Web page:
16

I am using direct buffers (java.nio) to store vertex information for JOGL. These buffers are large, and they are replaced several times during the application life. The memory is not deallocated in time and I am running out of memory after a few replacements.

It seems that there is not good way to deallocate using java.nio's buffer classes. My question is this:

Is there some method in JOGL to delete Direct Buffers? I am looking into glDeleteBuffer(), but it seems like this only deletes the buffer from the video card memory.

Thanks

21

The direct NIO buffers use unmanaged memory. It means that they are allocated on the native heap, not on the Java heap. As a consequence, they are freed only when the JVM runs out of memory on the Java heap, not on the native heap. In other terms, it's unmanaged = it's up to you to manage them. Forcing the garbage collection is discouraged and won't solve this problem most of the time.

When you know that a direct NIO buffer has become useless for you, you have to release its native memory by using its sun.misc.Cleaner (StaxMan is right) and call clean() (except with Apache Harmony), call free() (with Apache Harmony) or use a better public API to do that (maybe in Java > 12, AutoCleaning that extends AutoCloseable?).

It's not JOGL job to do that, you can use plain Java code to do it yourself. My example is under GPL v2 and this example is under a more permissive license.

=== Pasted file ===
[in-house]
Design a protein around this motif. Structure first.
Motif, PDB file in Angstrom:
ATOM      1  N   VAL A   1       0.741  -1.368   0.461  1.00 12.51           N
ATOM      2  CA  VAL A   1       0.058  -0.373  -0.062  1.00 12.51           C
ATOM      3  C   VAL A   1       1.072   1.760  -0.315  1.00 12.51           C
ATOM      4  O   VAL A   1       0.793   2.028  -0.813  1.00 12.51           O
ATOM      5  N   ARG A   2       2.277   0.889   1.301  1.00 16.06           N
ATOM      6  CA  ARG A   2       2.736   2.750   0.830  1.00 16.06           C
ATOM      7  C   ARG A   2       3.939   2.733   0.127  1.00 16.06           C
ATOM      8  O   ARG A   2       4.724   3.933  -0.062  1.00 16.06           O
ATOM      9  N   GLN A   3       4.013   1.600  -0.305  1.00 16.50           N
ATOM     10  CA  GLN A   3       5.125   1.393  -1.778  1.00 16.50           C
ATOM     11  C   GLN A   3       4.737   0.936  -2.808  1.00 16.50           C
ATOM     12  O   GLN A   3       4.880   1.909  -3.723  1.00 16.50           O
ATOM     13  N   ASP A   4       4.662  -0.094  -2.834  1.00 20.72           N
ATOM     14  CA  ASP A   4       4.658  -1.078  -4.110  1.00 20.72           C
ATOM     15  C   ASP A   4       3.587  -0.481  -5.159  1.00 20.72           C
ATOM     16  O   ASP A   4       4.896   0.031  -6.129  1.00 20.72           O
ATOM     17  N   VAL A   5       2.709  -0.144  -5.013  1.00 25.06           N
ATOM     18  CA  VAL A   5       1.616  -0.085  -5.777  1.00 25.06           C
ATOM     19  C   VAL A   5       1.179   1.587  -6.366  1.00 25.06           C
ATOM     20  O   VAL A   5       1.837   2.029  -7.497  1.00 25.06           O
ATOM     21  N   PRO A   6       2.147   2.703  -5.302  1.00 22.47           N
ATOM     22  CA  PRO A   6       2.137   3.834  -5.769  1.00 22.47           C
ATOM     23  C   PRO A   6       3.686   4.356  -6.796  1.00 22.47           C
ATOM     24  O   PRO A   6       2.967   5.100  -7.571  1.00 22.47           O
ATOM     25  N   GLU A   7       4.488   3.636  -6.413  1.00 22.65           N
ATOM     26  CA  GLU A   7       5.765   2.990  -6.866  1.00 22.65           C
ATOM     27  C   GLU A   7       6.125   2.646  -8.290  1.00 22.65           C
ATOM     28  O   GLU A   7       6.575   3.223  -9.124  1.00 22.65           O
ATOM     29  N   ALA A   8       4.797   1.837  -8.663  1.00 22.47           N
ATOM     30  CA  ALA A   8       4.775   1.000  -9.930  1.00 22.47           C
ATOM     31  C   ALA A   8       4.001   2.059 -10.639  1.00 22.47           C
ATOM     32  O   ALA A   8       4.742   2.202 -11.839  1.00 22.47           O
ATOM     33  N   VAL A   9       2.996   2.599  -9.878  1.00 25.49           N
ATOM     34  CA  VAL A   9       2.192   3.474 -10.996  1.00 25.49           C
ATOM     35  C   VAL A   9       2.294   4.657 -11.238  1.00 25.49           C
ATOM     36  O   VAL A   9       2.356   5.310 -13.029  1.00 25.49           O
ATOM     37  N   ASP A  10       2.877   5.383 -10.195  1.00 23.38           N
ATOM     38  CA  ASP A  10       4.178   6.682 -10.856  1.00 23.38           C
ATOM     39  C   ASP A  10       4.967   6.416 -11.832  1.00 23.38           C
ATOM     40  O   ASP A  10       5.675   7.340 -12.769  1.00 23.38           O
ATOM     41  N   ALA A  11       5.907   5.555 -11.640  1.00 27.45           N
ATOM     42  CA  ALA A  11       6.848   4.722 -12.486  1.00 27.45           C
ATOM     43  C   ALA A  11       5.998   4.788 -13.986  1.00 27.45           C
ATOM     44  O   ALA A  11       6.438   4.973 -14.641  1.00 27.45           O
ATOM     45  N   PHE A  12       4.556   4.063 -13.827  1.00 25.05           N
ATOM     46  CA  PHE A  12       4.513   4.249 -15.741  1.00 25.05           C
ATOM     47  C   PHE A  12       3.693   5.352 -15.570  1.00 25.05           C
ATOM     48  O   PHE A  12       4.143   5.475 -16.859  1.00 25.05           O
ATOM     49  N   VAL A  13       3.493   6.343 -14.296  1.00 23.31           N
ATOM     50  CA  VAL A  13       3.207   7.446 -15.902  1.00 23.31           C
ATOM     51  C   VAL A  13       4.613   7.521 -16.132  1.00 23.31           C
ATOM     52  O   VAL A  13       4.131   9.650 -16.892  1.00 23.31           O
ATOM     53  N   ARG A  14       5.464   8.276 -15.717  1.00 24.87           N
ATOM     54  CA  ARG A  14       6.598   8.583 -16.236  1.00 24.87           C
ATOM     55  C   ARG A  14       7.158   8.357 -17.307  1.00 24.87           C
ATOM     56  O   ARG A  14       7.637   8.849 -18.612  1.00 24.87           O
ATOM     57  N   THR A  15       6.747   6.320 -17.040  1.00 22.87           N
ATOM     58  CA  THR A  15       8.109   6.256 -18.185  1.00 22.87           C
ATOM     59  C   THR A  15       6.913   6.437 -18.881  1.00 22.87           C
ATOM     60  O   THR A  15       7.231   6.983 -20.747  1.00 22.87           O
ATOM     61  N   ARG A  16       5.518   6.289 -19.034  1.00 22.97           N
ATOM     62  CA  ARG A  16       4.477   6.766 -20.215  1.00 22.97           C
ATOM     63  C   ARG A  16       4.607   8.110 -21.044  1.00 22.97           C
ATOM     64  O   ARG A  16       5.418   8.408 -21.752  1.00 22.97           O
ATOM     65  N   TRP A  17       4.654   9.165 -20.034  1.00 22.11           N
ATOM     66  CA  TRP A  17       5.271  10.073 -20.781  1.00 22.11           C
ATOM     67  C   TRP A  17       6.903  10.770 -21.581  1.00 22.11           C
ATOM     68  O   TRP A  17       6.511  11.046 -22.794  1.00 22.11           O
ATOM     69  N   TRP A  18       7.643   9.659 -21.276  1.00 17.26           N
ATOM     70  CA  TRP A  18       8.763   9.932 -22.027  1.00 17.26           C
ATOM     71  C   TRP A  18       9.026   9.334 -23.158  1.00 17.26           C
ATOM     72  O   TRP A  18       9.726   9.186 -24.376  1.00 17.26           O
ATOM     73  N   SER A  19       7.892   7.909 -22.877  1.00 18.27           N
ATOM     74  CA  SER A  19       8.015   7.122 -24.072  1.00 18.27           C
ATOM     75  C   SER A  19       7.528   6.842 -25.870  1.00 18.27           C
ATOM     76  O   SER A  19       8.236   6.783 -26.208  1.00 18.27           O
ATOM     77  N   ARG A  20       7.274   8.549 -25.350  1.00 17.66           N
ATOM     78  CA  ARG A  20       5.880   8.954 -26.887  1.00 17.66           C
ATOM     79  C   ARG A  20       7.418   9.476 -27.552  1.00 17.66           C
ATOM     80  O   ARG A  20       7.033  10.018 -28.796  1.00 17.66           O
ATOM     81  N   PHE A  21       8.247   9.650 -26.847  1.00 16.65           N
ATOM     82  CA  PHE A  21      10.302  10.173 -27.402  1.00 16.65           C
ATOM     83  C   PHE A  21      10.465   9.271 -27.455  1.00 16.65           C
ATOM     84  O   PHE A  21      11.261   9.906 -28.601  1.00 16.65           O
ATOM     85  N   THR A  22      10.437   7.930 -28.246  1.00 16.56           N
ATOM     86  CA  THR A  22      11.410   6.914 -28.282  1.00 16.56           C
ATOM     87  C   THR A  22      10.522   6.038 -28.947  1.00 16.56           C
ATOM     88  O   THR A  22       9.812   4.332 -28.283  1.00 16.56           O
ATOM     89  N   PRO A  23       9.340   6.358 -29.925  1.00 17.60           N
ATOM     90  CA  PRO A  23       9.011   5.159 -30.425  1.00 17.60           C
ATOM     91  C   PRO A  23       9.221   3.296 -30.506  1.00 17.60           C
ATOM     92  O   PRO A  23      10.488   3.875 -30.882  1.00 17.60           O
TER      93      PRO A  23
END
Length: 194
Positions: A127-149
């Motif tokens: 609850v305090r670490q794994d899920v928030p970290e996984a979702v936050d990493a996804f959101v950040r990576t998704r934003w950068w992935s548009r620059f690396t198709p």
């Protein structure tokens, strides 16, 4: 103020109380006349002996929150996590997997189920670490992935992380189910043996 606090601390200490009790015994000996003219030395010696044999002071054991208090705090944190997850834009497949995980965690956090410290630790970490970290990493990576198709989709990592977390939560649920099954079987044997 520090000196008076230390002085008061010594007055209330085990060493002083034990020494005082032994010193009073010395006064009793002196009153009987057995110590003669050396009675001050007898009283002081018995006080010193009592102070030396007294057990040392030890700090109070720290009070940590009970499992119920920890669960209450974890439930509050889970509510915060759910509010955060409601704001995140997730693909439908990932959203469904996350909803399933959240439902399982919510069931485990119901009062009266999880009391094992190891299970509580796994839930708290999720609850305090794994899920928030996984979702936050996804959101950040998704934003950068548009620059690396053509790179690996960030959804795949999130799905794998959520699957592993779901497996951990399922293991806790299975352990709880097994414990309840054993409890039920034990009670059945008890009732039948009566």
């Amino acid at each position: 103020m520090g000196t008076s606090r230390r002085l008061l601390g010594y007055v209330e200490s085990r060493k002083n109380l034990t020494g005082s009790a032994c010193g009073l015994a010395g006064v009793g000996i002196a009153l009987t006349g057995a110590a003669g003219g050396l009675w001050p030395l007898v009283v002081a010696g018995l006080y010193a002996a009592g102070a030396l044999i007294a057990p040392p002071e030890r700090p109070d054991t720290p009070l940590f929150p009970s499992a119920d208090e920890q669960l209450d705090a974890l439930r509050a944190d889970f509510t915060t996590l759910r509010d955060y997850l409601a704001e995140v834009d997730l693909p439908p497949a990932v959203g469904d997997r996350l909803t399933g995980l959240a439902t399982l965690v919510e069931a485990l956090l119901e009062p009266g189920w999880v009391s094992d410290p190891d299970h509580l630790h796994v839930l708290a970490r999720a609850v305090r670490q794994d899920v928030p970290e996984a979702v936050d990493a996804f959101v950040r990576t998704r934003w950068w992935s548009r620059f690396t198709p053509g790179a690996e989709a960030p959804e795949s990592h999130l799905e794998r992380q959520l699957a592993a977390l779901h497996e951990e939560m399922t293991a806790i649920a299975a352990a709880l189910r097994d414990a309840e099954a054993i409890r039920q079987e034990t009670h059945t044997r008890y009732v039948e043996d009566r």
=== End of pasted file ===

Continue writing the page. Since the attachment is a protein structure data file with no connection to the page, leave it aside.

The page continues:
Edit.: My latest example works even with Java 1.9 and supports OpenJDK, Oracle Java, Sun Java, Apache Harmony, GNU Classpath and Android. You might have to remove some syntactical sugar to make it work with Java < 1.7 (the multi catches, the diamonds and the generics).

Reference: http://www.ibm.com/developerworks/library/j-nativememory-linux/

Direct ByteBuffer objects clean up their native buffers automatically but can only do so as part of Java heap GC — so they do not automatically respond to pressure on the native heap. GC occurs only when the Java heap becomes so full it can't service a heap-allocation request or if the Java application explicitly requests it (not recommended because it causes performance problems).

Reference: http://docs.oracle.com/javase/7/docs/api/java/nio/ByteBuffer.html#direct